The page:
Jim's wife, Marie, gave us a lift in to the city, stopping for petrol (gasoline) on the way at .98 euro per litre. That's almost as much as the orange juice I run on. She dropped us off by the boatsheds where the Macnas folk were gathering in controlled chaos. There were mugs of hot cocoa for the sleepy-eyed children and coffee for the adults. Printed schedules gave the order in which groups got their makeup done and what was involved; greasepaint handlebars and rosy cheeks for the New York Cops, solid green faces with a bit of sparkle fleck for the shamrock girls, ruddy, peat-smoked faces for the Claddagh women. Little girl "tea ladies" in kimonos hefted trays of styrofoam sandwiches that looked good enough to eat. Two boys dressed as "farmers" in cloth caps, vests and wellies (rubber boots), with shirt-tails and hayseeds hanging out, practiced pushing their tractor about. Stripe-shirted youths in white shorts clashed hurleys the size of shovels and burly men in short skirts and pom-poms practiced their majorette drills with a drum major in green shag Elvis wig. Jim Aherne was quite fetching with balloons in his brassiere. Kevin Donnelly, a retired Librarian from Cambridge, Mass. needed no such augmentation. Kevin was born in New Haven (CT) to a mum from Portlaoise and a dad from Leitrim. When the rent on his previously rent-controlled apartment overlooking Cambridge Common tripled three years ago he decided to make full use of his Irish citizenship. His one regret is that with the weak dollar, his pension is eroded to the point where he cannot go home to visit his two adult children as often as he would like.
Majorettes (Kevin Donnelly far left, Jim Aherne, second from right)
The crowd of costumed marchers practice their routines to the booming beat of a 1940's vintage ceilidh band from a mini-disc player hooked up to a truck battery and speakers concealed in a green-covered push cart under the control of John Ashton, Macnas' assistant manager and his wee son Evan. Also in the cart is a first aid kit and a fire extinguisher. The mini-disc player is preferred over a CD player as it is less prone to skipping on bumpy pavement.
Dave Donovan Getting Michael Hagerty's Ferrari, Ready to Go
Inside the boatshed workshop, Michael Hagerty's wheelchair was being converted to a Ferrari racer, the cockpit being lowered around him and lashed to the arms of his wheelchair with plastic ties like the riot police use now for handcuffing large crowds. Once Michael is safely and securely in the cockpit the racer is pushed outside where the pit crew attach the big styrofoam wheels. The musicians on stilts with their cardboard accordions and plastic-pipe horns must also make their way outside and their challenge is to duck low enough to exit through the boatshed door without losing the pompoms off their chin-strapped hats.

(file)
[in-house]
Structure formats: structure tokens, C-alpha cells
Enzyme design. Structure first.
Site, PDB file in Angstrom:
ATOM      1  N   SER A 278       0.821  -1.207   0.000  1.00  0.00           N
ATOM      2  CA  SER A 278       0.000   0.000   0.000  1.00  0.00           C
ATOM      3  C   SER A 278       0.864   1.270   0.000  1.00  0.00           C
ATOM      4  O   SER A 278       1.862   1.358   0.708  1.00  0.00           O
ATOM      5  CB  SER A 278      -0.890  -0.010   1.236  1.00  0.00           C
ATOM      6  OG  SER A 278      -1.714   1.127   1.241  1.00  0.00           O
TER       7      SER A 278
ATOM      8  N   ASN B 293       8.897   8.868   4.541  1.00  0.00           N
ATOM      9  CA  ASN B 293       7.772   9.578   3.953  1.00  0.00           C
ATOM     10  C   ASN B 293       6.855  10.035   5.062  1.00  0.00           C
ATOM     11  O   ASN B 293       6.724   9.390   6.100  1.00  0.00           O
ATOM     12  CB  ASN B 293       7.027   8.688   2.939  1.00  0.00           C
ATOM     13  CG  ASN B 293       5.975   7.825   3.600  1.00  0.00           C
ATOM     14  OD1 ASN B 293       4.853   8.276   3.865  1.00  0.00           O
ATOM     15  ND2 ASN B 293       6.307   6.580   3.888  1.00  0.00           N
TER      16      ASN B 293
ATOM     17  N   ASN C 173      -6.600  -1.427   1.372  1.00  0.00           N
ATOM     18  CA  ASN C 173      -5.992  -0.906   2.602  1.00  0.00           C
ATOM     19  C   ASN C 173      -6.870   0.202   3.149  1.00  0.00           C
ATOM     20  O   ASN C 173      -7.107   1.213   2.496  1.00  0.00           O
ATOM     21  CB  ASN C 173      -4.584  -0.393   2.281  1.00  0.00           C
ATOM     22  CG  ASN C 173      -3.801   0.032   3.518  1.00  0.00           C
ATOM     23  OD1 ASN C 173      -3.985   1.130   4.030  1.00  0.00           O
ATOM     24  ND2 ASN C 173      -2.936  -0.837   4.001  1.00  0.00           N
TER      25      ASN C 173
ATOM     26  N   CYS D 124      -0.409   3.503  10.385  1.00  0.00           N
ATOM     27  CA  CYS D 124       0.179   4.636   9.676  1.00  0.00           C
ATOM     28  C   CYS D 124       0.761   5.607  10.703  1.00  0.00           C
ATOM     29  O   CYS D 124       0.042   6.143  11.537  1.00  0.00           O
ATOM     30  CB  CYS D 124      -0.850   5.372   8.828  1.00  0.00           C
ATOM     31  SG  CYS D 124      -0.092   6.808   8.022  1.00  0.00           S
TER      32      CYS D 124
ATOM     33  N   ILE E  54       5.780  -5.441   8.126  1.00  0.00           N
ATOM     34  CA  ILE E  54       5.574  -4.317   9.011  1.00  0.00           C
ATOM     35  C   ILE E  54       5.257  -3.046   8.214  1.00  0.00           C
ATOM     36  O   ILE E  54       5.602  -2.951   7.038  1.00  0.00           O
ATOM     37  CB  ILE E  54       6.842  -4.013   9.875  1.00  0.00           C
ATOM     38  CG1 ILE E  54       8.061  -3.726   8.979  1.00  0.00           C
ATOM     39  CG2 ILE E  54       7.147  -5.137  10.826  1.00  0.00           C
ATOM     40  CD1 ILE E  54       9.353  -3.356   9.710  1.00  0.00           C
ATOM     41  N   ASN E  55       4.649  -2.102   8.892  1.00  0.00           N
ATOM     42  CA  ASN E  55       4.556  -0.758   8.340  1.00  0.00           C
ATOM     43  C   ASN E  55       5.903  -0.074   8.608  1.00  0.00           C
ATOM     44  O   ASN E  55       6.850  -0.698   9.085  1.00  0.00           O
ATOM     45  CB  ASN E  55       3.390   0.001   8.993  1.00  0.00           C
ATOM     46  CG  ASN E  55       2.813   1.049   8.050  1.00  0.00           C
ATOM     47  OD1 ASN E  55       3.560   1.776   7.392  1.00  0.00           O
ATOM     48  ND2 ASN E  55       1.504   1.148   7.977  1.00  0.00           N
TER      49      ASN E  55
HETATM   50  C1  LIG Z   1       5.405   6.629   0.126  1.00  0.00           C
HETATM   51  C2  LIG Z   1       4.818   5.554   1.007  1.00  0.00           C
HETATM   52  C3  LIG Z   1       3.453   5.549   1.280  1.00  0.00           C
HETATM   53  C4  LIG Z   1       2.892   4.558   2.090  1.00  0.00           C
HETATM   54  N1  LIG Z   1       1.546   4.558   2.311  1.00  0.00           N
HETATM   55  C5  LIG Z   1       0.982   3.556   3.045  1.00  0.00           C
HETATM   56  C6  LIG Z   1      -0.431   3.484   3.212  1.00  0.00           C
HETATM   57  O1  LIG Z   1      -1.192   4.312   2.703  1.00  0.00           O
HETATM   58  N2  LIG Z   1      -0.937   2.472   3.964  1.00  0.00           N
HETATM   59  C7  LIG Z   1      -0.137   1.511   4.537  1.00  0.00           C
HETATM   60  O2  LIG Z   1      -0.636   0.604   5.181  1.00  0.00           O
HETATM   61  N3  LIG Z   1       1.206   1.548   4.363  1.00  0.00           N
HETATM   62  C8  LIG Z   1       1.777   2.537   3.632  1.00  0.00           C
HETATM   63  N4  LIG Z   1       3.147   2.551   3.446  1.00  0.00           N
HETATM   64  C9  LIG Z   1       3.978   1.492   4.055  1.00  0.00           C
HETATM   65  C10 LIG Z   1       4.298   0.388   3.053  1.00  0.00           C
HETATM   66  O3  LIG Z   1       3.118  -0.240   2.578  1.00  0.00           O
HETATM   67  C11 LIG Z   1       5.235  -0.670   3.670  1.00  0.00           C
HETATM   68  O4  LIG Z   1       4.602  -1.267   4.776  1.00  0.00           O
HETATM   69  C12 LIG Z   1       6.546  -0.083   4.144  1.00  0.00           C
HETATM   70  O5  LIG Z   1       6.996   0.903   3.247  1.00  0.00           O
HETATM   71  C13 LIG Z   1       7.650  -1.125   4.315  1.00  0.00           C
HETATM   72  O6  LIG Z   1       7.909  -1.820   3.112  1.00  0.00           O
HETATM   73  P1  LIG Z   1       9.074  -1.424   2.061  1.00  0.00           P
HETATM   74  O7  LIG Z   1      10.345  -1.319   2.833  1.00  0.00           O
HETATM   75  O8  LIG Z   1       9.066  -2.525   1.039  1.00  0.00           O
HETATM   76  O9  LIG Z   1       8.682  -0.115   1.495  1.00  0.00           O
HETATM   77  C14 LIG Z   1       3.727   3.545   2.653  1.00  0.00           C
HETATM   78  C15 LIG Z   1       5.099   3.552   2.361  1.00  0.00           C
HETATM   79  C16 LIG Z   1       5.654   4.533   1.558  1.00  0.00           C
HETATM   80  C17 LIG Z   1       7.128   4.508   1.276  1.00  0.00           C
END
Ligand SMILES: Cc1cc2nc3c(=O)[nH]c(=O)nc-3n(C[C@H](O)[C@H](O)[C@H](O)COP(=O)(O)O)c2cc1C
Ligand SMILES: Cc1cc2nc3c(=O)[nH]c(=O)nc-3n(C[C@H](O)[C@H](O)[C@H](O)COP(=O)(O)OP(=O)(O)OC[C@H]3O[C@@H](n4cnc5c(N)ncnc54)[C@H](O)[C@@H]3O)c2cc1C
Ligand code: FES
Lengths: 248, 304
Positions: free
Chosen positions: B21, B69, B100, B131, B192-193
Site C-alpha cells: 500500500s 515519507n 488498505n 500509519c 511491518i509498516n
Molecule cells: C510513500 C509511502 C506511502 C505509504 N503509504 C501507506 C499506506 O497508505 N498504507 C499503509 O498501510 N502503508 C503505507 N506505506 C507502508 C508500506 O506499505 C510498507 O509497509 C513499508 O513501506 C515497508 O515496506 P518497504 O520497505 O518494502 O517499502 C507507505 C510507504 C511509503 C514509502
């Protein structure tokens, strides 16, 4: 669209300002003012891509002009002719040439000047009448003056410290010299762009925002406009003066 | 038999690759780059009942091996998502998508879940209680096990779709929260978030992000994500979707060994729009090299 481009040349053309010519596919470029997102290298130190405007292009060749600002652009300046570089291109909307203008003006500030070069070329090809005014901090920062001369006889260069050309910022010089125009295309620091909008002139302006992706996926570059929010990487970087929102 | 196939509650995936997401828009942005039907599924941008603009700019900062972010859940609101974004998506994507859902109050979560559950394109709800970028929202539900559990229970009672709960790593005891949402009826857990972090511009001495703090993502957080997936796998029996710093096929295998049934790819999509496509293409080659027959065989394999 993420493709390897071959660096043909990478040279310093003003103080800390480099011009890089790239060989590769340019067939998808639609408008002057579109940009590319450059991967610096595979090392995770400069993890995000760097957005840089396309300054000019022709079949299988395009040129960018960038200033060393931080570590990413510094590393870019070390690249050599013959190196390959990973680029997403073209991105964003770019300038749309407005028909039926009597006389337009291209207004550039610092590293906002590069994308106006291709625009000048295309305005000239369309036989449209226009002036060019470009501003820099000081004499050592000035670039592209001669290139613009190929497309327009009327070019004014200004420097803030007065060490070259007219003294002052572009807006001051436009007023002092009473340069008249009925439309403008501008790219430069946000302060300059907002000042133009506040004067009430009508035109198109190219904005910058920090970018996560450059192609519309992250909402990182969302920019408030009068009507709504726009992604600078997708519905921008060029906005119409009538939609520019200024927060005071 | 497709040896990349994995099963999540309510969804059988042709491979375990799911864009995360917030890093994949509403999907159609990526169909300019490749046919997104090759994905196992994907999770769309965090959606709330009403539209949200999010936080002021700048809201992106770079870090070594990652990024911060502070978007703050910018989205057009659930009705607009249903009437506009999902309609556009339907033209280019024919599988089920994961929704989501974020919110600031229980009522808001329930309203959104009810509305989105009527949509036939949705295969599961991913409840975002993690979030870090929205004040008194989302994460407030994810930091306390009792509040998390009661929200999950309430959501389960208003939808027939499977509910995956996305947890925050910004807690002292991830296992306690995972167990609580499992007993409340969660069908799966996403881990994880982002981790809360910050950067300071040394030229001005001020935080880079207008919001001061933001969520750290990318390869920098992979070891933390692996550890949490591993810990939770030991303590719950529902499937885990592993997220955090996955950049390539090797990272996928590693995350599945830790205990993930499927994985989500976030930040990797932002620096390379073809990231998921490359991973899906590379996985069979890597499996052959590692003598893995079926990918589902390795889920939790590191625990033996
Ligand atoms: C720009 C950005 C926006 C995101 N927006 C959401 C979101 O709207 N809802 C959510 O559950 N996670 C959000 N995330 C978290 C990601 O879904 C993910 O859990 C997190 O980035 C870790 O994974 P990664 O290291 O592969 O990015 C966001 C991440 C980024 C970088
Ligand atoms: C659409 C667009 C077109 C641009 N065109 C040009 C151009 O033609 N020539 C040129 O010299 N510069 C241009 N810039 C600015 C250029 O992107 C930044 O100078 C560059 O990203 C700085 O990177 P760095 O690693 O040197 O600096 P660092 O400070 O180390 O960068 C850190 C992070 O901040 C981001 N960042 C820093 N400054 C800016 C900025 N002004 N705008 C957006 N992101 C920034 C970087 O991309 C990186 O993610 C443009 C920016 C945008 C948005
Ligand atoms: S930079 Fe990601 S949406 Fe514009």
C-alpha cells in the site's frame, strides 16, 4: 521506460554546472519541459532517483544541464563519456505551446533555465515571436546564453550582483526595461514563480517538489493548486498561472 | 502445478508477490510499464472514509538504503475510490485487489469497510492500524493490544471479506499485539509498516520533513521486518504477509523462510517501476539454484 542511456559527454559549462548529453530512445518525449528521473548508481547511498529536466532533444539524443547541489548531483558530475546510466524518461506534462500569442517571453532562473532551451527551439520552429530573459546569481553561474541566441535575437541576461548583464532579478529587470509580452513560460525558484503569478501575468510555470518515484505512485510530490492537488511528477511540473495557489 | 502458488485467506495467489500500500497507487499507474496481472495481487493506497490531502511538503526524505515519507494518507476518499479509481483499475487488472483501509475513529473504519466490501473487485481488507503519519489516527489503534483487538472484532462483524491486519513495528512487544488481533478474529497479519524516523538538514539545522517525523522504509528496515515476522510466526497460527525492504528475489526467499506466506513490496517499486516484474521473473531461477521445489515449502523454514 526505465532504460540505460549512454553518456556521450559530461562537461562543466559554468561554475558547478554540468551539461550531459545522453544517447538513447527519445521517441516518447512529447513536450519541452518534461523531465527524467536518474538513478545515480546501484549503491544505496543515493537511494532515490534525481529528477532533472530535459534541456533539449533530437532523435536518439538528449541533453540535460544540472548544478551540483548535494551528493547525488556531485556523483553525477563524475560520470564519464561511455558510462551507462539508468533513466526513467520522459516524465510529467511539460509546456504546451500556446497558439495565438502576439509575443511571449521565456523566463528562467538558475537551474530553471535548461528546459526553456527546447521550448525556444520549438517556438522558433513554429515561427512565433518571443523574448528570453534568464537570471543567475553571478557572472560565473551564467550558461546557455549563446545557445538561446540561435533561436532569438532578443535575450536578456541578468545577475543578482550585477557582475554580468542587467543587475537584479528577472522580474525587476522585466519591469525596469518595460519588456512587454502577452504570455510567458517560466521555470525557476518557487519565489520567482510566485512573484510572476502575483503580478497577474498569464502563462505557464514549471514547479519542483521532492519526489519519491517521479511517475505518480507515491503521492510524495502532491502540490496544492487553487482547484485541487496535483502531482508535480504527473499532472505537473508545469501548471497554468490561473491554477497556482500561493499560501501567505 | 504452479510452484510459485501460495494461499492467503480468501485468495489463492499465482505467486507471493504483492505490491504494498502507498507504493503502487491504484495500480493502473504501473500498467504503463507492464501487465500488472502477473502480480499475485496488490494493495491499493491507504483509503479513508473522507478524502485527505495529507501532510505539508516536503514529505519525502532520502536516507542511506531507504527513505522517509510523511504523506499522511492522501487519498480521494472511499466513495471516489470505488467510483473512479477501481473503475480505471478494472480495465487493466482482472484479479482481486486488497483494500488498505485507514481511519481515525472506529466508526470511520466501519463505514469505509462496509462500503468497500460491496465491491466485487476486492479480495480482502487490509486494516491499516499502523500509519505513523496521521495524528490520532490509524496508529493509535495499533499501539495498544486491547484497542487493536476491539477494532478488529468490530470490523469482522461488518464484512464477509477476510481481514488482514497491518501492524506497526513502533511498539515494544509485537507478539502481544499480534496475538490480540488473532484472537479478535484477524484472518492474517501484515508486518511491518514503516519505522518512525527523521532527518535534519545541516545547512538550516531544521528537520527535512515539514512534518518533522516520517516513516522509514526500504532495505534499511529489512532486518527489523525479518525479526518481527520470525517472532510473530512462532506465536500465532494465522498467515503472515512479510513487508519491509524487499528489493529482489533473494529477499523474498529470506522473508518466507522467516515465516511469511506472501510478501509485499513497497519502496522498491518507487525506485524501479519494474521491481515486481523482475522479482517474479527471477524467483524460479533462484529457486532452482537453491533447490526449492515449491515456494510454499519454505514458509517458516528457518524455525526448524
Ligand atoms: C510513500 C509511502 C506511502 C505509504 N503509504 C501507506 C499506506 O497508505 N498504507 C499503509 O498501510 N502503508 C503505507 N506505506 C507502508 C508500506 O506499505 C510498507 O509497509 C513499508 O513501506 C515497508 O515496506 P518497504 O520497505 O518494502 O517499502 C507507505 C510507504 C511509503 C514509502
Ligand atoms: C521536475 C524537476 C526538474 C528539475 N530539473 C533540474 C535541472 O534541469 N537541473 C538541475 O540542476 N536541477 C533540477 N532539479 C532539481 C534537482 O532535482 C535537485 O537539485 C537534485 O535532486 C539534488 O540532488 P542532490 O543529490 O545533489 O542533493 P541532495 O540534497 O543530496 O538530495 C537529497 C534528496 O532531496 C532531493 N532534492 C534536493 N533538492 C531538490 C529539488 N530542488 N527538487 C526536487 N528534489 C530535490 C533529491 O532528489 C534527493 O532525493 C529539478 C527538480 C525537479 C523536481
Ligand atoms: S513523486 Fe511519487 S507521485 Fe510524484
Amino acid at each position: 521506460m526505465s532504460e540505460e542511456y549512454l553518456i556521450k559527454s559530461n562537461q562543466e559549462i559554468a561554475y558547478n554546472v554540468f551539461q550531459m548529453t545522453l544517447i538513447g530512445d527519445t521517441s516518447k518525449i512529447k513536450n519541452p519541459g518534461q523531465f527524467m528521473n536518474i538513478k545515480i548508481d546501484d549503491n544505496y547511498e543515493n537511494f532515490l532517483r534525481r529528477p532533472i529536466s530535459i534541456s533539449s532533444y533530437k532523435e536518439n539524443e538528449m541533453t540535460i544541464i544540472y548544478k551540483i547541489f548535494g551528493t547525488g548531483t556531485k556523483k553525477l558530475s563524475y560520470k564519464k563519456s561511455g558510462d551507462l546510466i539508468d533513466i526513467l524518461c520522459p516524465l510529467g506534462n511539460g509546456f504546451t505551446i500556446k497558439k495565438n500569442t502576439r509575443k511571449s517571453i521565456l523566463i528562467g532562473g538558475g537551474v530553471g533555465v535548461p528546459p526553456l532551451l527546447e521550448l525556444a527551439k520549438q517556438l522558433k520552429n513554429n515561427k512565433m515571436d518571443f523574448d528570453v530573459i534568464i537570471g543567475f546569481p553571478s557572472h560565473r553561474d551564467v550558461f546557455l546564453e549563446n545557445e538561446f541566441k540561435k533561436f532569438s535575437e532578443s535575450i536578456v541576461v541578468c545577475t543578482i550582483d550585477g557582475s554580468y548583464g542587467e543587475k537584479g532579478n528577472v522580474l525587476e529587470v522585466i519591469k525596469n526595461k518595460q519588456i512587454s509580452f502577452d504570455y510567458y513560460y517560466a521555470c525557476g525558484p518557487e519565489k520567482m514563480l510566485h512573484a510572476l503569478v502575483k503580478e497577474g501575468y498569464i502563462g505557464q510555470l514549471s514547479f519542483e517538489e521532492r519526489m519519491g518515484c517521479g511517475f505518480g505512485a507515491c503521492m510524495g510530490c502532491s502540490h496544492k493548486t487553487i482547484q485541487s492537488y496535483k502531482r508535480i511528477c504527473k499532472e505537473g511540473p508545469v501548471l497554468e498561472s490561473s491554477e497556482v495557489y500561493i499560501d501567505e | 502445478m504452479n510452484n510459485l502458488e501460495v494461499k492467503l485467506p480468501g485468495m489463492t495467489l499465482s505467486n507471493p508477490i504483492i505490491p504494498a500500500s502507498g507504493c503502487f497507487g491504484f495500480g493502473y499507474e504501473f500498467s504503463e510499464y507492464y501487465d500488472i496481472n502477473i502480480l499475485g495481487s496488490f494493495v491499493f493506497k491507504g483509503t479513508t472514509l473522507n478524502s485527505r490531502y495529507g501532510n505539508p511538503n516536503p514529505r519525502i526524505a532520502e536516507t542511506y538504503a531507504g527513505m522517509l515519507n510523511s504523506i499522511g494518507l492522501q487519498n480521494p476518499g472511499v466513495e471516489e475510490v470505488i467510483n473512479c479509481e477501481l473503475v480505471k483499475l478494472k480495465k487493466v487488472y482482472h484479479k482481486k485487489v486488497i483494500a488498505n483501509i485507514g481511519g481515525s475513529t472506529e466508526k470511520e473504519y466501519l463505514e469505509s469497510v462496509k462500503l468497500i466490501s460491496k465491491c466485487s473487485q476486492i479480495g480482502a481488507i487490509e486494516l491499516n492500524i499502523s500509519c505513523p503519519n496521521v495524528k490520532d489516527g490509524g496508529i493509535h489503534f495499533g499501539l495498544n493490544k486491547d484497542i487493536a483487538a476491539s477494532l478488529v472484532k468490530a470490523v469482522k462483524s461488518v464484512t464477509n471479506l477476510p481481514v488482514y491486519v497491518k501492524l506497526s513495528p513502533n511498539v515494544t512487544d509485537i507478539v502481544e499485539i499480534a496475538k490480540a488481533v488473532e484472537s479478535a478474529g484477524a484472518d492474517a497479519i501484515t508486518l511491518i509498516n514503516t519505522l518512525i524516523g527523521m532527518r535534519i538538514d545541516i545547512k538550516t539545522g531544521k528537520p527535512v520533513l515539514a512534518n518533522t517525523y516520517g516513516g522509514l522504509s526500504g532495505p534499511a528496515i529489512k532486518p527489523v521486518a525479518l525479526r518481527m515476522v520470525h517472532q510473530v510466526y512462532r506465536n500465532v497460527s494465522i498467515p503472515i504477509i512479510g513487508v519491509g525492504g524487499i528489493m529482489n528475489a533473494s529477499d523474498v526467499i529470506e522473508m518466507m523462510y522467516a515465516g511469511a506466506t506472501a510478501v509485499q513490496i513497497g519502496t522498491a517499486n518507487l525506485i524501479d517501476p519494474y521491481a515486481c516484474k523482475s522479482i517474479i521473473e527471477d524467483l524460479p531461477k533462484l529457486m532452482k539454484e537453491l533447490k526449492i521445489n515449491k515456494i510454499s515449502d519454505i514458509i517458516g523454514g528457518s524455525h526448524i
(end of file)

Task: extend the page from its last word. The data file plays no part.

As I am in no need of makeup I am free to explore the backstage of the Macnas world. In the office there are shelves of old National Geographics that are used for costume research and the walls are pinned with assorted proposed designs, such as a Victorian lamppost with the actor's head inside the main lamp and the arms supporting two smaller lamps. Sketched out are variations to show how the lamppost can interact with the crowd, for this is what Macnas is all about.
Getting Tiny Ready
Once the various marchers have been lined up in their groups they are sent off across town to the assembly point and Macnas manager Dave Donovan leads the dog handlers to the other end of the boatsheds to awaken "Tiny" from his slumber. Tiny is a shaggy grey Irish wolfhound of indeterminate age, somewhat over thirty feet in length by my estimate. We stood ready, a team of thirteen handlers. Inside there would be three strong persons with over-the-shoulder, belted pole-holder harnesses, one to support the head, one for the middle body and one for the hind end of the hound. There would be four footmen, one for each paw. Initially it had been suggested that I might be a leg man, but I'm glad I dodged that task as it was more complicated than I thought as the leader had to coordinate so that the left foreleg and right hind leg moved together alternating with their opposite numbers. That was all too complicated for this puppeteer and I was happy to be one of six handlers controlling guylines running to either side from the head, middle, and tail. This was needed to help the pole holders supporting the body to maintain a vertical aspect, not an easy task given the fierce wind that was blowing. It would be a disaster if this beast were to roll over onto the crowd. And imagine the size of the fleas! The guy handlers were all given gloves and I used my boy scout skills to tie a couple of bowline bights to use as grip handles in my line as the thin cord was hard to hold onto. When all was ready it was hoist up and haul away 'round the green by the river for a practice run, letting Tiny chase his tail and dash hither and yon.
Taking Tiny the Irish Wolfhound for Walkies Beside the Boatshed